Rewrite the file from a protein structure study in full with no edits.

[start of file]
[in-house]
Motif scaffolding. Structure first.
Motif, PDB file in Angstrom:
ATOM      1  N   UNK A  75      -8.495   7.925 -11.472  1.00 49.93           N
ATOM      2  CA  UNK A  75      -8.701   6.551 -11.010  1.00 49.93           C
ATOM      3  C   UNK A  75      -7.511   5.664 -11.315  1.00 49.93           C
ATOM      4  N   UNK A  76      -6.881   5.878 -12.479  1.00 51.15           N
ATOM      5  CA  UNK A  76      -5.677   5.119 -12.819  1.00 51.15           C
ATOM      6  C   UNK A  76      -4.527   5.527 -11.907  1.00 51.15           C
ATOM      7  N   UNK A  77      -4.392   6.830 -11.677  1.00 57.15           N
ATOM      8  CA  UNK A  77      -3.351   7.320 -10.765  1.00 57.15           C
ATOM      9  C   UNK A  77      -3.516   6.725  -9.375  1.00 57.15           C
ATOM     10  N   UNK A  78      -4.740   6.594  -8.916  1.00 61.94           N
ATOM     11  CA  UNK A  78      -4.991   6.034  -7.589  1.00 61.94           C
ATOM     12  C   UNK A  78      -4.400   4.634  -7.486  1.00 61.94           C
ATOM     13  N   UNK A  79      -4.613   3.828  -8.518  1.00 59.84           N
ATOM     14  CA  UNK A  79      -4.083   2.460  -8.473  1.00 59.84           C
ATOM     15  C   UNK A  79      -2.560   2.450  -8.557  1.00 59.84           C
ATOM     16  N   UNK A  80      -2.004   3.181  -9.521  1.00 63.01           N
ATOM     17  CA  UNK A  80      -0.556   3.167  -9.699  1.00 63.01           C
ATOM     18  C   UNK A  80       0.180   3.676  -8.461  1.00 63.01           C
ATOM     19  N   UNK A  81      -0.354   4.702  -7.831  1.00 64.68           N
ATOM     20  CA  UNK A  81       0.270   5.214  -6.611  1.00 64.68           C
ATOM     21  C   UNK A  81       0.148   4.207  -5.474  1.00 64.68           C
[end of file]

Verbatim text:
[in-house]
Motif scaffolding. Structure first.
Motif, PDB file in Angstrom:
ATOM      1  N   UNK A  75      -8.495   7.925 -11.472  1.00 49.93           N
ATOM      2  CA  UNK A  75      -8.701   6.551 -11.010  1.00 49.93           C
ATOM      3  C   UNK A  75      -7.511   5.664 -11.315  1.00 49.93           C
ATOM      4  N   UNK A  76      -6.881   5.878 -12.479  1.00 51.15           N
ATOM      5  CA  UNK A  76      -5.677   5.119 -12.819  1.00 51.15           C
ATOM      6  C   UNK A  76      -4.527   5.527 -11.907  1.00 51.15           C
ATOM      7  N   UNK A  77      -4.392   6.830 -11.677  1.00 57.15           N
ATOM      8  CA  UNK A  77      -3.351   7.320 -10.765  1.00 57.15           C
ATOM      9  C   UNK A  77      -3.516   6.725  -9.375  1.00 57.15           C
ATOM     10  N   UNK A  78      -4.740   6.594  -8.916  1.00 61.94           N
ATOM     11  CA  UNK A  78      -4.991   6.034  -7.589  1.00 61.94           C
ATOM     12  C   UNK A  78      -4.400   4.634  -7.486  1.00 61.94           C
ATOM     13  N   UNK A  79      -4.613   3.828  -8.518  1.00 59.84           N
ATOM     14  CA  UNK A  79      -4.083   2.460  -8.473  1.00 59.84           C
ATOM     15  C   UNK A  79      -2.560   2.450  -8.557  1.00 59.84           C
ATOM     16  N   UNK A  80      -2.004   3.181  -9.521  1.00 63.01           N
ATOM     17  CA  UNK A  80      -0.556   3.167  -9.699  1.00 63.01           C
ATOM     18  C   UNK A  80       0.180   3.676  -8.461  1.00 63.01           C
ATOM     19  N   UNK A  81      -0.354   4.702  -7.831  1.00 64.68           N
ATOM     20  CA  UNK A  81       0.270   5.214  -6.611  1.00 64.68           C
ATOM     21  C   UNK A  81       0.148   4.207  -5.474  1.00 64.68           C